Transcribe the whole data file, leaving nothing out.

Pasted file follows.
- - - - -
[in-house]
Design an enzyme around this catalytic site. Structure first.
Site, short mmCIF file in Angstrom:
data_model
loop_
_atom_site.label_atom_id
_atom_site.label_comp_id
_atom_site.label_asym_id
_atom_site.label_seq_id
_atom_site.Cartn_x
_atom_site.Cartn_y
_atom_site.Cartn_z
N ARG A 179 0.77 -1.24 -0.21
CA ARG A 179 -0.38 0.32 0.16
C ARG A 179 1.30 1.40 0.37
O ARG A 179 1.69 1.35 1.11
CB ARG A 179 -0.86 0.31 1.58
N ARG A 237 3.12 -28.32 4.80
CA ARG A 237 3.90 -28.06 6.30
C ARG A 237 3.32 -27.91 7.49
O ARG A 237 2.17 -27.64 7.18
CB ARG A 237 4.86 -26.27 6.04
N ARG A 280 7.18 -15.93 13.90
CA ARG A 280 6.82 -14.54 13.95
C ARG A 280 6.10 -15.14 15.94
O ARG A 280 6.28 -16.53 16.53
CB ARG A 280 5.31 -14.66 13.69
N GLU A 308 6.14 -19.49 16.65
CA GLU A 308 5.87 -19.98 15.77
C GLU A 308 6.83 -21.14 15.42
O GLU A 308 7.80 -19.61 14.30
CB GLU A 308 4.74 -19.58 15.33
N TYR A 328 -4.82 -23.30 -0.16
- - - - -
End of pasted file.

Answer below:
[in-house]
Design an enzyme around this catalytic site. Structure first.
Site, short mmCIF file in Angstrom:
data_model
loop_
_atom_site.label_atom_id
_atom_site.label_comp_id
_atom_site.label_asym_id
_atom_site.label_seq_id
_atom_site.Cartn_x
_atom_site.Cartn_y
_atom_site.Cartn_z
N ARG A 179 0.77 -1.24 -0.21
CA ARG A 179 -0.38 0.32 0.16
C ARG A 179 1.30 1.40 0.37
O ARG A 179 1.69 1.35 1.11
CB ARG A 179 -0.86 0.31 1.58
N ARG A 237 3.12 -28.32 4.80
CA ARG A 237 3.90 -28.06 6.30
C ARG A 237 3.32 -27.91 7.49
O ARG A 237 2.17 -27.64 7.18
CB ARG A 237 4.86 -26.27 6.04
N ARG A 280 7.18 -15.93 13.90
CA ARG A 280 6.82 -14.54 13.95
C ARG A 280 6.10 -15.14 15.94
O ARG A 280 6.28 -16.53 16.53
CB ARG A 280 5.31 -14.66 13.69
N GLU A 308 6.14 -19.49 16.65
CA GLU A 308 5.87 -19.98 15.77
C GLU A 308 6.83 -21.14 15.42
O GLU A 308 7.80 -19.61 14.30
CB GLU A 308 4.74 -19.58 15.33
N TYR A 328 -4.82 -23.30 -0.16